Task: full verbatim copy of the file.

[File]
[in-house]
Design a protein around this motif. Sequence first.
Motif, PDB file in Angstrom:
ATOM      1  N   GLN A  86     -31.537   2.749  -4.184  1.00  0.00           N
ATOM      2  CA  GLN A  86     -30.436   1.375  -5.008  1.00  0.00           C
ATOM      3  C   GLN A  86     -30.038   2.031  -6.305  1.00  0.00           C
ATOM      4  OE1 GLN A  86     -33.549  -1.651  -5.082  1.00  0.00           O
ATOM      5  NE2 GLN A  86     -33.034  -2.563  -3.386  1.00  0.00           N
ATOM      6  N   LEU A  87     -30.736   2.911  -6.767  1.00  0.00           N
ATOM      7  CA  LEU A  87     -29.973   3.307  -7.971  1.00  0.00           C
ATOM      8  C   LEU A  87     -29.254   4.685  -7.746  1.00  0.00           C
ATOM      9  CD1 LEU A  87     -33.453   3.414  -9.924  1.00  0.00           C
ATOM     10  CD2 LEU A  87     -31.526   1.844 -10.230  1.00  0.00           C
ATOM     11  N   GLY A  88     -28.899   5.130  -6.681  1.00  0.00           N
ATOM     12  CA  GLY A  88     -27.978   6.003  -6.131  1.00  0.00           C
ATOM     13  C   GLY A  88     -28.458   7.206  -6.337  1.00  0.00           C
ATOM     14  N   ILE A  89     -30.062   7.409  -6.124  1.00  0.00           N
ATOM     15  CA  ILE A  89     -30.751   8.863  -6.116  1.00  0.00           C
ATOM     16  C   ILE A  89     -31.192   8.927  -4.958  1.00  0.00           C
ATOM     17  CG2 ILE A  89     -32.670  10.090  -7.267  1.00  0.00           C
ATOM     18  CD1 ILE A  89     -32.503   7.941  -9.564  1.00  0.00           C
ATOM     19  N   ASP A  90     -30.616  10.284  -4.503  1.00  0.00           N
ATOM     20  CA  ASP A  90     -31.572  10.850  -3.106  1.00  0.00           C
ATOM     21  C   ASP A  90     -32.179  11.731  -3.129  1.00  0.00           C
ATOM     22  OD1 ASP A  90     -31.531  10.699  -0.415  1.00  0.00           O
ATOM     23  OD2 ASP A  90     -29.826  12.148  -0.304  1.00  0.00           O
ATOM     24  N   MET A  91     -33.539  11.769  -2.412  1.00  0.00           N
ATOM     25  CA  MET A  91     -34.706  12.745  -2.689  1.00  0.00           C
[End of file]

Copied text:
[in-house]
Design a protein around this motif. Sequence first.
Motif, PDB file in Angstrom:
ATOM      1  N   GLN A  86     -31.537   2.749  -4.184  1.00  0.00           N
ATOM      2  CA  GLN A  86     -30.436   1.375  -5.008  1.00  0.00           C
ATOM      3  C   GLN A  86     -30.038   2.031  -6.305  1.00  0.00           C
ATOM      4  OE1 GLN A  86     -33.549  -1.651  -5.082  1.00  0.00           O
ATOM      5  NE2 GLN A  86     -33.034  -2.563  -3.386  1.00  0.00           N
ATOM      6  N   LEU A  87     -30.736   2.911  -6.767  1.00  0.00           N
ATOM      7  CA  LEU A  87     -29.973   3.307  -7.971  1.00  0.00           C
ATOM      8  C   LEU A  87     -29.254   4.685  -7.746  1.00  0.00           C
ATOM      9  CD1 LEU A  87     -33.453   3.414  -9.924  1.00  0.00           C
ATOM     10  CD2 LEU A  87     -31.526   1.844 -10.230  1.00  0.00           C
ATOM     11  N   GLY A  88     -28.899   5.130  -6.681  1.00  0.00           N
ATOM     12  CA  GLY A  88     -27.978   6.003  -6.131  1.00  0.00           C
ATOM     13  C   GLY A  88     -28.458   7.206  -6.337  1.00  0.00           C
ATOM     14  N   ILE A  89     -30.062   7.409  -6.124  1.00  0.00           N
ATOM     15  CA  ILE A  89     -30.751   8.863  -6.116  1.00  0.00           C
ATOM     16  C   ILE A  89     -31.192   8.927  -4.958  1.00  0.00           C
ATOM     17  CG2 ILE A  89     -32.670  10.090  -7.267  1.00  0.00           C
ATOM     18  CD1 ILE A  89     -32.503   7.941  -9.564  1.00  0.00           C
ATOM     19  N   ASP A  90     -30.616  10.284  -4.503  1.00  0.00           N
ATOM     20  CA  ASP A  90     -31.572  10.850  -3.106  1.00  0.00           C
ATOM     21  C   ASP A  90     -32.179  11.731  -3.129  1.00  0.00           C
ATOM     22  OD1 ASP A  90     -31.531  10.699  -0.415  1.00  0.00           O
ATOM     23  OD2 ASP A  90     -29.826  12.148  -0.304  1.00  0.00           O
ATOM     24  N   MET A  91     -33.539  11.769  -2.412  1.00  0.00           N
ATOM     25  CA  MET A  91     -34.706  12.745  -2.689  1.00  0.00           C